AU­THEN­TIC PHUKET

Tourism Tat­tler for­eign cor­re­spon­dent, vis­ited Phuket a rain­forested, moun­tain­ous is­land in the An­daman Sea and re­ports on Thai­land’s most pop­u­lar beaches, high-end sea­side re­sorts, spas and restau­rants.

Tourism Tattler - - DESTINATIONS -

− − On an is­land buzzing with tourists re­mind­ing one of ev­ery­thing but the des­ti­na­tion I felt a need to stay at ho­tels that are in sym­pa­thy with their sur­round­ings and ex­press a feel­ing for Thai­land rather than the many oth­ers that are sim­ply smart but bland. I wanted the ex­otic ex­pe­ri­ence with all my senses awakened by wa­ter and smells, birds and an­i­mals.

Phuket is an is­land that is cer­tainly built up with traf­fic. Some have faith in their fate with side cars mov­ing bumper-to-bumper car­ry­ing fam­i­lies in­tent on dry­ing their wash­ing at the same time. Mopeds have three year olds stand­ing up be­tween the legs of their par­ents with the rest of the fam­ily up be­hind them. Amongst the many road­side stalls and shops are bride shops placed ran­domly next to me­chanic's garages (giv­ing a whole new no­tion to the garage cal­en­dar!).

Thais be­lieve that if they dress in a cer­tain colour each day it will bring them good luck. The code is: Mon­day: yel­low (lueang), Tues­day: pink (chom poo), Wed­nes­day: green (kiaw), Thurs­day: or­ange (som), Fri­day: blue (nam ngem), Satur­day: pur­ple (muang), Sun­day: red (daeng). Black (dam) is un­lucky for con­ser­va­tive peo­ple and is re­served for fu­ner­als; un­less, of course, you are young in which case it's seen as edgy and so­phis­ti­cated. Even hair­cuts on dif­fer­ent days of the week have their own

Adam Ja­cot de Boinod

sig­nif­i­cance. On Sun­day: long life; Mon­day hap­pi­ness and health; Tues­day: power; Wed­nes­day: great mis­for­tune; Thurs­day: pro­tec­tion of the an­gels; Fri­day: lots of luck comes and on Satur­day: it brings suc­cess in im­por­tant un­der­tak­ings.

Saro­jin

It was on a Satur­day when I ar­rived first at The Saro­jin, a bou­tique ho­tel, up north of Phuket in Khao Lak. The rooms are very Zen. There are stones and slate on the bath­room floor be­neath the show­ers, ab­sorb­ing the wa­ter beau­ti­fully in the heat, and logs to put shampoo on and drift­wood act­ing as dec­o­ra­tion. The con­tem­po­rary Asian style with strong sym­me­try al­lows na­ture to flow and there's a real har­mony with barely any dis­tinc­tion be­tween the in­te­rior and ex­te­rior.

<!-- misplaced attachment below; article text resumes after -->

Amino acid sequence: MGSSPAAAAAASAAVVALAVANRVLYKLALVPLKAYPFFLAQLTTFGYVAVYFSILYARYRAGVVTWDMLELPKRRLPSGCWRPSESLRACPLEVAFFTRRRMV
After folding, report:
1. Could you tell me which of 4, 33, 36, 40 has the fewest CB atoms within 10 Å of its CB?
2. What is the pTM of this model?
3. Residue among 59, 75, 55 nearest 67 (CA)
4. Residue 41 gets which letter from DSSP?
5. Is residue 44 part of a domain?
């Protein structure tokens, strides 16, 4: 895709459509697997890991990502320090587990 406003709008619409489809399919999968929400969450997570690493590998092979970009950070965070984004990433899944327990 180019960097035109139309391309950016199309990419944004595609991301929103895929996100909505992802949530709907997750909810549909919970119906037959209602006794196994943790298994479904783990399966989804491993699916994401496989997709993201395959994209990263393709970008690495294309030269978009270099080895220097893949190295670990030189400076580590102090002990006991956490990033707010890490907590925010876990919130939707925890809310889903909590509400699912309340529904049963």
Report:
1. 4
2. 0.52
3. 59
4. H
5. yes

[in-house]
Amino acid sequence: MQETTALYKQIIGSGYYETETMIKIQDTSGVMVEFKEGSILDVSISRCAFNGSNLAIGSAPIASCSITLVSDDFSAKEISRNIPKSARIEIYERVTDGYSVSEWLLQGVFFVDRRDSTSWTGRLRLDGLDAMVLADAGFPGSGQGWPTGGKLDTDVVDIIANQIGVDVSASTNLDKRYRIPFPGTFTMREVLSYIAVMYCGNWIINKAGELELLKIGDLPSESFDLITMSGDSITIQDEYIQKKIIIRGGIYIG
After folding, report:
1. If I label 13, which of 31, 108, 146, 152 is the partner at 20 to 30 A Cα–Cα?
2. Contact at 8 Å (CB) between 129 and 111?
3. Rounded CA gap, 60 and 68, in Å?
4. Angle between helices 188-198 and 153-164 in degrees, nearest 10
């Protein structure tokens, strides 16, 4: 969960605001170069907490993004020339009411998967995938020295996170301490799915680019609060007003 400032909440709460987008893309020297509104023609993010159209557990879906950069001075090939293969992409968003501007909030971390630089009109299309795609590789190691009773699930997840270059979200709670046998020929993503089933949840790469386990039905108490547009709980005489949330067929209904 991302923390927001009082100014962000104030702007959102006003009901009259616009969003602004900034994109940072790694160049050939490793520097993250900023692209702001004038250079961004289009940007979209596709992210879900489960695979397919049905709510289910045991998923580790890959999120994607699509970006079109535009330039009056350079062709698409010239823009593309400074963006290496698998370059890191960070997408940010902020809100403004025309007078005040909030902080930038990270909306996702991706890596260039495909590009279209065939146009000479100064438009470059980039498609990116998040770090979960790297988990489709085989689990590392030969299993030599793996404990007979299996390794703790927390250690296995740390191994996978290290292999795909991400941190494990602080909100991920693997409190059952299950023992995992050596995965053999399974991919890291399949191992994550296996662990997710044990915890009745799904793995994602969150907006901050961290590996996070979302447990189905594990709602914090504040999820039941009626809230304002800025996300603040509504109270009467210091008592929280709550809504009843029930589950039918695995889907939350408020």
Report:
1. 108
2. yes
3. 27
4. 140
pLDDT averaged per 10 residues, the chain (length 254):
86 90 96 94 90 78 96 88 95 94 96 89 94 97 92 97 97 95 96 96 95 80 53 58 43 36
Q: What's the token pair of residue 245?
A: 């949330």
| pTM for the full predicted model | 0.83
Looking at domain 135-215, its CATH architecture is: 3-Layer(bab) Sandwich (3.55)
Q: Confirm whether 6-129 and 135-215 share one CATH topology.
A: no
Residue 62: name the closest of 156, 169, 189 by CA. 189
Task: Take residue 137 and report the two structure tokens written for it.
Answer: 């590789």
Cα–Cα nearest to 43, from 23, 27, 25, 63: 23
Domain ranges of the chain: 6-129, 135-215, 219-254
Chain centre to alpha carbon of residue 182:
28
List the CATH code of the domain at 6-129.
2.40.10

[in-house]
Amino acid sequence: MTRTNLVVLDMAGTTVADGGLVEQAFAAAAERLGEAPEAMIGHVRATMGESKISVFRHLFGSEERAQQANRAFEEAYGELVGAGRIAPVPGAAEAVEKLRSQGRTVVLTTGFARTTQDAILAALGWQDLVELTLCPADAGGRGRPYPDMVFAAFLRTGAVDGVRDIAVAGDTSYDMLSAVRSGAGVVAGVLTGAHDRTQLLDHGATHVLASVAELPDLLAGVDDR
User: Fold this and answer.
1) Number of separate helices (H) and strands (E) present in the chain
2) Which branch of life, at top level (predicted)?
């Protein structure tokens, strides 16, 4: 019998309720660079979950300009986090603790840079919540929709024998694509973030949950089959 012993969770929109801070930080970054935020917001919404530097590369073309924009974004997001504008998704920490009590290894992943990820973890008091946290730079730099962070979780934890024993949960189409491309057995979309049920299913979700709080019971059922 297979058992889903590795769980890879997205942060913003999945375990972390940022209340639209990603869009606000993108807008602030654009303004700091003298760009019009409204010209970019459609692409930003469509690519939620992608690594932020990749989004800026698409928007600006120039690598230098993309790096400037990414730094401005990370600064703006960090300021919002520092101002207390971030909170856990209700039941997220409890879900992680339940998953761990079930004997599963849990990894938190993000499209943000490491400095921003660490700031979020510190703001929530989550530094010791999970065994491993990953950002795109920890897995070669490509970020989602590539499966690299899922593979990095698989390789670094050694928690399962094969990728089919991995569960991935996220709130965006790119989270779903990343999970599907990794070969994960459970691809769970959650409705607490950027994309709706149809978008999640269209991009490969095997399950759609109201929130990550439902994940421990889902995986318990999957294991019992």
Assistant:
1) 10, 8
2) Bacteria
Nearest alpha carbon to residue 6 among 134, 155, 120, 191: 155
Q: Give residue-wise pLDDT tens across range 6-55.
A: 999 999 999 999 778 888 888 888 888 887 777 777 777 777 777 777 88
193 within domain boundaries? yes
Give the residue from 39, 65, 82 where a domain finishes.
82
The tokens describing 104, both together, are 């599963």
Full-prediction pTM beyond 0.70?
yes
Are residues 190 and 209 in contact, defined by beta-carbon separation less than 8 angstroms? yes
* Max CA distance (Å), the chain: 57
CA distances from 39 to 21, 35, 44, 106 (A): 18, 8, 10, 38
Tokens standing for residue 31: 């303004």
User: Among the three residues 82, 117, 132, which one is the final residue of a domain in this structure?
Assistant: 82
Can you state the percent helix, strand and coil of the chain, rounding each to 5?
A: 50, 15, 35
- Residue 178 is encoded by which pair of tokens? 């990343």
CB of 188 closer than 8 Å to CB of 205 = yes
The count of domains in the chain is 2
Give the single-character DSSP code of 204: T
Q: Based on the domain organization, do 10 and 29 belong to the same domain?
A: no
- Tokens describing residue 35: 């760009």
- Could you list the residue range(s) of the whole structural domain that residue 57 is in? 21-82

Out­side light blue cush­ions echo the ocean whose beach, on this stretch, is a long, gen­tle and walk­a­ble curve. The land is thought­fully spaced and has un­clut­tered plac­ing. The fo­liage is of banana leaves and ferns.

The food in the two restau­rants comes from a con­fi­dently small menu of ex­tremely fresh lo­cal pro­duce. I en­joyed a pomelo salad that had minced prawns, tossed co­conut flakes, sliced kaf­fir, lime leaves, lilies and sliced shal­lots. The Mas­saman curry with tofu had co­conut milk, roasted car­damom seeds, cin­na­mon, roasted peanut, bay leaf and tamarind juice.

Lady Saro­jin, the ho­tel speed­boat, is well placed to take ad­van­tage of re­put­edly the best coral in Thai­land. It's on the nine Sim­i­lan Is­lands (sim­i­lan mean­ing nine in Jawi mus­lim). And it's only ninety bouncy min­utes away out on the In­dian Ocean. They com­prise of a pro­tected na­tional ma­rine park with three is­lands ded­i­cated to tur­tle con­ser­va­tion. Here there is the promised wa­ter and sand that is ‘par­adise' blue and white.

It was won­der­ful to have the ex­pe­ri­ence of be­ing tucked up safely in my out­door pav­il­ion while a proper trop­i­cal rain­storm played it­self out on a land­scape where king­fish­ers and mon­i­tor lizards had made them­selves at home.

As for tigers and ele­phants, there is cer­tainly much con­cern for their treat­ment. Ele­phant rid­ing is con­sid­ered ‘bor­der­line'. But the train­ers are de­voted and there's a charm­ing re­la­tion­ship be­tween them and their an­i­mals. One ‘master' was barely seven stone and in­stantly crush­able were it not for the com­plete mu­tual re­spect and af­fec­tion­ate bond be­tween these two be­ings who were so clearly at one with each other.

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